Date of Award
Master of Science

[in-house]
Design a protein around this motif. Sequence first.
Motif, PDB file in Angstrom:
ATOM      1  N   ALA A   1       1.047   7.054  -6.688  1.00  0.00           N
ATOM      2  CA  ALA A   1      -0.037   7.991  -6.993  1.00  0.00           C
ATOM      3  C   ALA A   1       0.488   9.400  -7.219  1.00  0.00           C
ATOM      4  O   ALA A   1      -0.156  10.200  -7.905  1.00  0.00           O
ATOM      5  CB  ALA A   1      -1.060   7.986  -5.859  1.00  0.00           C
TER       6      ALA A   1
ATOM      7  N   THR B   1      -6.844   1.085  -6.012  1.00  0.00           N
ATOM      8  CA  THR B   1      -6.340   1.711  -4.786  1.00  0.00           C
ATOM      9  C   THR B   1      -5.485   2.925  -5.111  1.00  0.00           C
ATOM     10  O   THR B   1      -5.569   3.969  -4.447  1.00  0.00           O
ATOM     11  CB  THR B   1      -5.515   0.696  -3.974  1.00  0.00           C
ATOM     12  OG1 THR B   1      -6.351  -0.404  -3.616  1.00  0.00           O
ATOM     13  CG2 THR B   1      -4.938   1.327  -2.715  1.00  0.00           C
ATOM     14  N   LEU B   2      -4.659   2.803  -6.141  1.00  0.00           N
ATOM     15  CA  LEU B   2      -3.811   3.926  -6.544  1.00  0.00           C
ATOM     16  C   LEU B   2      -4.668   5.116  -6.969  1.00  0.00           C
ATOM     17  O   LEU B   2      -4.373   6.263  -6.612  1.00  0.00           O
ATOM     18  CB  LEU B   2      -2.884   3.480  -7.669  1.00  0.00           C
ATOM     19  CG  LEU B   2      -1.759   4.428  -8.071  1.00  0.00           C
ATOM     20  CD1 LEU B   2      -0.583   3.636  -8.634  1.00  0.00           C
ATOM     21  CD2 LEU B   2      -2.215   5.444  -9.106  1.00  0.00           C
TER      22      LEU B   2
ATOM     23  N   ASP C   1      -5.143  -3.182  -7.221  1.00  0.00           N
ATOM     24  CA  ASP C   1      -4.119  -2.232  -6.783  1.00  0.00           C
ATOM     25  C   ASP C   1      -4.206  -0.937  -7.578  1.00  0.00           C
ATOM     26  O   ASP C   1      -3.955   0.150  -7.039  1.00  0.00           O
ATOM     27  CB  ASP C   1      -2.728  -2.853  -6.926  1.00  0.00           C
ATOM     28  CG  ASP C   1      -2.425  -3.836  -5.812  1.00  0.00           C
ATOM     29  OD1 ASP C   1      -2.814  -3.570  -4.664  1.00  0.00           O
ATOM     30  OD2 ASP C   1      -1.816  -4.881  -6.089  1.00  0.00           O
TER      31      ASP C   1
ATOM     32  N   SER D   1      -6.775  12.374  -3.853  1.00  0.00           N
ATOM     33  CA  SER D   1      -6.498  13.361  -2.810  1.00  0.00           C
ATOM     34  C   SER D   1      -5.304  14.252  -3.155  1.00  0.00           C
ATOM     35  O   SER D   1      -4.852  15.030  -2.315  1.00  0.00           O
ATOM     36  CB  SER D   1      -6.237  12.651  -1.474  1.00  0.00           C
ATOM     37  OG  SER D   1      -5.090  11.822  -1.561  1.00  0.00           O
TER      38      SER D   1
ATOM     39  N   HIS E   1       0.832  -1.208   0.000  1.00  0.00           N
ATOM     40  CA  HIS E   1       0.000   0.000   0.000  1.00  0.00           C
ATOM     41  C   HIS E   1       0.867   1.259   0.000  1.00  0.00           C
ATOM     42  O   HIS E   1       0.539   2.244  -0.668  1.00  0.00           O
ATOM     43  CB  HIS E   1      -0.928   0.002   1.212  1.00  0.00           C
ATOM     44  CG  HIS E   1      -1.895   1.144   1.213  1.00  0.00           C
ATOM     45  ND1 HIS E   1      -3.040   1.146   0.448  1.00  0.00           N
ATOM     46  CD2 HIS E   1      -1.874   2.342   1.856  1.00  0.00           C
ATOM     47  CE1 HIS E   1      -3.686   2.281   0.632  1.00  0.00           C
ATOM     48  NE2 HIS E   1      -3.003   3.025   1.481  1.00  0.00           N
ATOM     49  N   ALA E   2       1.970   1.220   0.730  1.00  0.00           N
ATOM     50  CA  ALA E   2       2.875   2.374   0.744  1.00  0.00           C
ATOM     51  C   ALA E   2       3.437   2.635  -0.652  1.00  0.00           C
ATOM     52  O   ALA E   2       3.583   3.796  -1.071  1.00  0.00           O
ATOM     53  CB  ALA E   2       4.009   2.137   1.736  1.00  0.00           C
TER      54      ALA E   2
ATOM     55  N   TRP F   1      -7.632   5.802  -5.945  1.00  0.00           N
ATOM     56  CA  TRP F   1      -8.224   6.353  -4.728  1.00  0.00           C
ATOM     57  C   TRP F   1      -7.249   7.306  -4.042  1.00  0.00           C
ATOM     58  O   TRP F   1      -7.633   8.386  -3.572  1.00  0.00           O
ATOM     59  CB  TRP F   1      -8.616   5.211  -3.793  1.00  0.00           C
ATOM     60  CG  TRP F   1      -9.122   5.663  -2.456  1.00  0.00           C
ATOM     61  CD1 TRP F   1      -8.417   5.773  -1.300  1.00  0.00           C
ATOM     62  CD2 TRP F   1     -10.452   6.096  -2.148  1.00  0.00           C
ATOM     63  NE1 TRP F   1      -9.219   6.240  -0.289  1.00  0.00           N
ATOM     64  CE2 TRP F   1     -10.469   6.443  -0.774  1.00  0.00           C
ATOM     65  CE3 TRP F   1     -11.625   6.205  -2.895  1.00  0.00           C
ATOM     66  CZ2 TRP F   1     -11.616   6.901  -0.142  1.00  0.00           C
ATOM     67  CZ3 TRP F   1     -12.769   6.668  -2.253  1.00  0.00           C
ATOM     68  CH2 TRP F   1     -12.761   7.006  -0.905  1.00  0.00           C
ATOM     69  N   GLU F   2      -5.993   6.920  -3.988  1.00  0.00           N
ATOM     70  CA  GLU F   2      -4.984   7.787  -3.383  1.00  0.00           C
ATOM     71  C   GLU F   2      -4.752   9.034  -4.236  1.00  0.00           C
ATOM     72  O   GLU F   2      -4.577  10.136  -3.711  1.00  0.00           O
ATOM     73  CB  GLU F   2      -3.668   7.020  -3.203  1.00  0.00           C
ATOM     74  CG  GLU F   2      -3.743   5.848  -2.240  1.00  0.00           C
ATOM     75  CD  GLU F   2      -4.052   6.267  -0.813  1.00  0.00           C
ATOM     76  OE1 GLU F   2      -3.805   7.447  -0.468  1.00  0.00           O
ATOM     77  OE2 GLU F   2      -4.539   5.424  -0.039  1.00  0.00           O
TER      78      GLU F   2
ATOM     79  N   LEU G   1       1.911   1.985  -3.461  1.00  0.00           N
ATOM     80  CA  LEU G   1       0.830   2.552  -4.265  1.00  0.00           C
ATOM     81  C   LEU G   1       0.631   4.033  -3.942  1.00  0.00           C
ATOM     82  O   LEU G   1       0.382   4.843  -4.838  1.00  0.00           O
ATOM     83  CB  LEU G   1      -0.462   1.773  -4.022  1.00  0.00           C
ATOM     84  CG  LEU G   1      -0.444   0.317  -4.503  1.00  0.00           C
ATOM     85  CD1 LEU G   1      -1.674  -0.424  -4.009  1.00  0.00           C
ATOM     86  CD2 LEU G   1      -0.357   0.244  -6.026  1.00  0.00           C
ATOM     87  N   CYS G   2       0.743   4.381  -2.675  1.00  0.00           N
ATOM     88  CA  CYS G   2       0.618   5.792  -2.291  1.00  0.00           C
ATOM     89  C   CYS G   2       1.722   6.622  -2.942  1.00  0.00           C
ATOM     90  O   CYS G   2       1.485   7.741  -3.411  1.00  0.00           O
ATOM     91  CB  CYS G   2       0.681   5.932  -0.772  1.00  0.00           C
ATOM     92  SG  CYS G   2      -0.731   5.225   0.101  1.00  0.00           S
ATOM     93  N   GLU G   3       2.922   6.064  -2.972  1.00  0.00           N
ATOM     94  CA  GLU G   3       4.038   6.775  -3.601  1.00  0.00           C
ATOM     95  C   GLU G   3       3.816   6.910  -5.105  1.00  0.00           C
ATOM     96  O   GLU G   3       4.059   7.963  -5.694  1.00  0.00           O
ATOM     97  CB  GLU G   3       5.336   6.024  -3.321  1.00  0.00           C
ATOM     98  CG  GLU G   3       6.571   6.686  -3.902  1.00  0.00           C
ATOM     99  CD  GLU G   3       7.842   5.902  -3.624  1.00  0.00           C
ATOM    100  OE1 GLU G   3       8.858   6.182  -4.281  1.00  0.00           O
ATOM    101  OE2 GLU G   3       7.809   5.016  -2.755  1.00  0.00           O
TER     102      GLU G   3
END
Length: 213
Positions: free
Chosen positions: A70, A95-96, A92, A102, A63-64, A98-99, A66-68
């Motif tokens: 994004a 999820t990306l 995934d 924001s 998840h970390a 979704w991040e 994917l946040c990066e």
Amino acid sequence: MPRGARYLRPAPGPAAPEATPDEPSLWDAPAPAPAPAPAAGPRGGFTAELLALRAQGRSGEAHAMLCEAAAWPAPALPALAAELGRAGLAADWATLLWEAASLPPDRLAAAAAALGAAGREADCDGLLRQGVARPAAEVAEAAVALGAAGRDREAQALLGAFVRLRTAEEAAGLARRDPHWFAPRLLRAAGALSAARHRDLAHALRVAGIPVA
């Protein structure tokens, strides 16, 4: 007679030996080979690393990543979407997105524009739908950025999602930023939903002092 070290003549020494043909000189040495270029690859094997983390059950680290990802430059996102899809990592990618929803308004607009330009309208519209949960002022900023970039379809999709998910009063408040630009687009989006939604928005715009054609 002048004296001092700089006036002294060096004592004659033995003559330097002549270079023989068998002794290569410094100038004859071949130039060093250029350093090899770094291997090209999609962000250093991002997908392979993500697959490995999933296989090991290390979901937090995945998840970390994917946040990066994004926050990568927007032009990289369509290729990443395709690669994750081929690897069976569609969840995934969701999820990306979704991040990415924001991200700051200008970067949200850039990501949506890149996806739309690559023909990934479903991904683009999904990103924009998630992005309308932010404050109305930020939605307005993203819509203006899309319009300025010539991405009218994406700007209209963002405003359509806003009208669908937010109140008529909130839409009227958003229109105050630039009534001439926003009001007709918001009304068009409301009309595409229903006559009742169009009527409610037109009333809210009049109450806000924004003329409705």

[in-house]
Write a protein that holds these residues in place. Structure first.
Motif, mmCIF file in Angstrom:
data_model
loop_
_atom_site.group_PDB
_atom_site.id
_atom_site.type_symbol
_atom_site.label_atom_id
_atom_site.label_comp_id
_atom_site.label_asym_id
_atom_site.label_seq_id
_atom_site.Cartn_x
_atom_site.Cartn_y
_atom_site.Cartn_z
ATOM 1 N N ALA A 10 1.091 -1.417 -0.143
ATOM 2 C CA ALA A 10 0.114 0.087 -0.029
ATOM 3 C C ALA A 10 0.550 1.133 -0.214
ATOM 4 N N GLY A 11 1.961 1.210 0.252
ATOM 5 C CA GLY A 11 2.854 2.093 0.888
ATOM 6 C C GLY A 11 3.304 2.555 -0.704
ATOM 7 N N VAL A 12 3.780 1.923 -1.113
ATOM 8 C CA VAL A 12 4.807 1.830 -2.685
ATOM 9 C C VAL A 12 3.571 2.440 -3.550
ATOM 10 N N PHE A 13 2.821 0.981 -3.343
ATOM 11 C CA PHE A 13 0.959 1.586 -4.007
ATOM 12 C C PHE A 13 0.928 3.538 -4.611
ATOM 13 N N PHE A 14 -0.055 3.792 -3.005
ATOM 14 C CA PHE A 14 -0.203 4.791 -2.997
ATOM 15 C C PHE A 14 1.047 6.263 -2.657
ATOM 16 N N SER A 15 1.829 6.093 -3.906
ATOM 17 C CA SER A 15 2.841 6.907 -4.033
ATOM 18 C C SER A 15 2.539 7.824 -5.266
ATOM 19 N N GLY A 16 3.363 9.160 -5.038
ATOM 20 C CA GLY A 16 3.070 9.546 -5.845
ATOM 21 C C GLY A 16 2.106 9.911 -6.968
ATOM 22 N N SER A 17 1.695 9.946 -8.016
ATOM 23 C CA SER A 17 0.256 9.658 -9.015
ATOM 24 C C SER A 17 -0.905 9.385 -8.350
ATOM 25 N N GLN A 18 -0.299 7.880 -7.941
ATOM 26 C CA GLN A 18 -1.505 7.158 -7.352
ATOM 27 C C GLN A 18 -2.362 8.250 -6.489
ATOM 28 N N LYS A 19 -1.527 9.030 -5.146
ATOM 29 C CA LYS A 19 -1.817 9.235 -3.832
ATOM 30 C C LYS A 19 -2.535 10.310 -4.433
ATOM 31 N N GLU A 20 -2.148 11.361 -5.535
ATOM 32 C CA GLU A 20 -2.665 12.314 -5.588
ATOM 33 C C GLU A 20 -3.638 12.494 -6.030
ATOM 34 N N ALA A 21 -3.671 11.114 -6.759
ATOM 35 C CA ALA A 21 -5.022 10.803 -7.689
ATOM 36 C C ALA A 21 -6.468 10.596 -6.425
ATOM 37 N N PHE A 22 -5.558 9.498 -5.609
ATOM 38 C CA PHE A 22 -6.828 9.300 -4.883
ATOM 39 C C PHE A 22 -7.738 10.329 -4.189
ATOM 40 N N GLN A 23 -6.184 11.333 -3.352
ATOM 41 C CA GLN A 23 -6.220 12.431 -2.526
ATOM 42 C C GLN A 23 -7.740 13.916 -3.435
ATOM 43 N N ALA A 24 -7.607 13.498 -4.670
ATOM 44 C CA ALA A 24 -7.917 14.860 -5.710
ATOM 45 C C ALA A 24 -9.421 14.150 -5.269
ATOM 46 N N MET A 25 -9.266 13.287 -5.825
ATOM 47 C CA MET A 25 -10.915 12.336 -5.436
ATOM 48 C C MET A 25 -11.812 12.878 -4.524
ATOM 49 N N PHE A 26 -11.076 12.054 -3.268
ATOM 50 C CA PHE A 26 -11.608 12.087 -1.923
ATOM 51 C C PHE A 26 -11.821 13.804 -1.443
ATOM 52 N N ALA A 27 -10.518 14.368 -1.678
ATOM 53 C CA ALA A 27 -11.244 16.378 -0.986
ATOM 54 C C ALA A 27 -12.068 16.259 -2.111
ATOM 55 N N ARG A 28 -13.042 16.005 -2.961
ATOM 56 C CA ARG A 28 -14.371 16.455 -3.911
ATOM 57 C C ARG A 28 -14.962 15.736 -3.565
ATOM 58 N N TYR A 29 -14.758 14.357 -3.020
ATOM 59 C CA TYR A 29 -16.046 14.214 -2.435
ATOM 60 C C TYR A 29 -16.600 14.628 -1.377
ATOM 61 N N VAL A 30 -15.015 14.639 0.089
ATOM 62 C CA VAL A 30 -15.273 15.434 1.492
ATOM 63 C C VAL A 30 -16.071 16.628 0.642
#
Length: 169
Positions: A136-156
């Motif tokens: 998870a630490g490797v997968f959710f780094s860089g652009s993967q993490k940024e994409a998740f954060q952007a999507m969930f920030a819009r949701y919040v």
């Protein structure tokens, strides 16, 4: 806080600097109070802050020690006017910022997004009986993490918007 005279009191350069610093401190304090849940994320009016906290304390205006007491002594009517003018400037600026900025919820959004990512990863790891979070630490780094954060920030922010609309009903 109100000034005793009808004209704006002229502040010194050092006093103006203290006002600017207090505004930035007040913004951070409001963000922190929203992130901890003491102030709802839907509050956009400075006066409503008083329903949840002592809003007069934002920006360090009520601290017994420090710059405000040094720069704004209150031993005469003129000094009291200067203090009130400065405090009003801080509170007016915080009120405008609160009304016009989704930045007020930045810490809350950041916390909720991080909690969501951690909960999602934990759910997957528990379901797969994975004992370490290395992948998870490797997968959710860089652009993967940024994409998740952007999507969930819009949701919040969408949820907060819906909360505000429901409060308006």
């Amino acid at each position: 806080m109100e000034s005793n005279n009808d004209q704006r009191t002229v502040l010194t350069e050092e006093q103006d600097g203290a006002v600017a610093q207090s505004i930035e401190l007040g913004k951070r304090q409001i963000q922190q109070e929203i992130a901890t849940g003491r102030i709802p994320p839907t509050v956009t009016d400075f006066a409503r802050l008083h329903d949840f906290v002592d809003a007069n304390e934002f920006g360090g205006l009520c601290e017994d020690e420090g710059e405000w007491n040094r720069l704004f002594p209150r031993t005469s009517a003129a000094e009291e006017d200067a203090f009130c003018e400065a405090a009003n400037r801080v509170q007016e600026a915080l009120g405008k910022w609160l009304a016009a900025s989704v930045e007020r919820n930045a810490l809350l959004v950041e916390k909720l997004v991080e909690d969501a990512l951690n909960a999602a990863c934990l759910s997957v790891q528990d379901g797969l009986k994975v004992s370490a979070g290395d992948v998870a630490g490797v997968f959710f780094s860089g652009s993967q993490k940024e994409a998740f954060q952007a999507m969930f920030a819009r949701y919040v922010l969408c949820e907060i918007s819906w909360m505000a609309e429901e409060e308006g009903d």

AN ABSTRACT OF THE THESIS OF Tsenolo Leche, for the Master of Science degree in Agribusiness Economics, presented on October 29, 2009, at Southern Illinois University Carbondale. TITLE: AGRICULTURAL TRADE: PROSPECTS FOR LIBERALIZATION AFTER URUGUAY AND DOHA ROUNDS MAJOR PROFESSOR: Dr. Wanki Moon Chapter 1 outlines the goal of the project by evaluating the prospects for agricultural trade liberalization by analyzing the progress and setbacks of the Uruguay and Doha Rounds. The international trade framework is analyzed with consideration of standard trade theory, agricultural protectionism, agricultural trade liberalization efforts and assessment of the prospects for liberalizing agricultural trade in the future. Chapter 2 deals with two issues of standard trade theory: economic rationales for trade and efforts to liberalize trade in industrial goods after World War II. Evidence suggests free trade is a stimulus for growth and development. Empirical evidence suggests liberalization of trade increases economic growth, decreases poverty, increases productivity and increases technology transfer. Global efforts to liberalize trade in industrial goods after World War II are summarized. Efforts to liberalize trade in industrial goods started in 1947 with the formation of the General Agreement of Tariff and Trade (GATT), a multilateral body. Subsequently, the chapter briefly discusses the GATT's accomplishments through its various rounds of multilateral trade talks. It also looks into other channels that the international community pursued to liberalize trade such as regional trade liberalization, one-way trade to developing countries and unilateral trade liberalization. Chapter 3 examines the history of agricultural protectionism in general and in developed countries. Furthermore, it explains theories behind agricultural protectionism. It identifies instruments countries used to protect their agricultural sector before the Uruguay Round Agreement on Agriculture (URAA) and in the post-Uruguay period. Chapter 4 examines efforts to liberalize agricultural trade beginning with the Uruguay Round, and including the GATT multilateral trade talks that brought agriculture under the discipline. It examines the commitments and limitations of the round in agriculture trade liberalization under three pillars of trade namely market access, export competition and domestic support. Subsequently, ongoing Doha Development Agenda Rounds are analyzed. Further, it examines the July 2004 framework and proposals from member countries for advancing agricultural trade liberalization. Chapter 5 measures the influence of the European Union's Common Agricultural Policy (CAP) and the U.S.'s Farm Bills on multilateral agricultural trade liberalization negotiations and their influence on the agricultural policies of both the European Union and the U.S. The impact of multifunctionality of agriculture on multilateral agricultural trade liberalization negotiations is discussed. Finally, the chapter focuses on the various perspectives by examining the roles of developing countries in the evolution of the Doha Development Agenda. Chapter 6 assesses the prospects for agricultural trade liberalization by examining agricultural trade following World War II, the WTO's Uruguay and Doha Rounds and the impact of four members of the WTO on international trade. Chapter 7 concludes that agricultural trade liberalization after the Uruguay and Doha Rounds is not likely to be as free as industrial trade liberalization because of some unique characteristics of agriculture. Based on both the Uruguay and Doha Rounds, the main goal seems to be reduction of trade-distorting domestic supports, improvement of market access and phasing out and eventual elimination of export subsidies.
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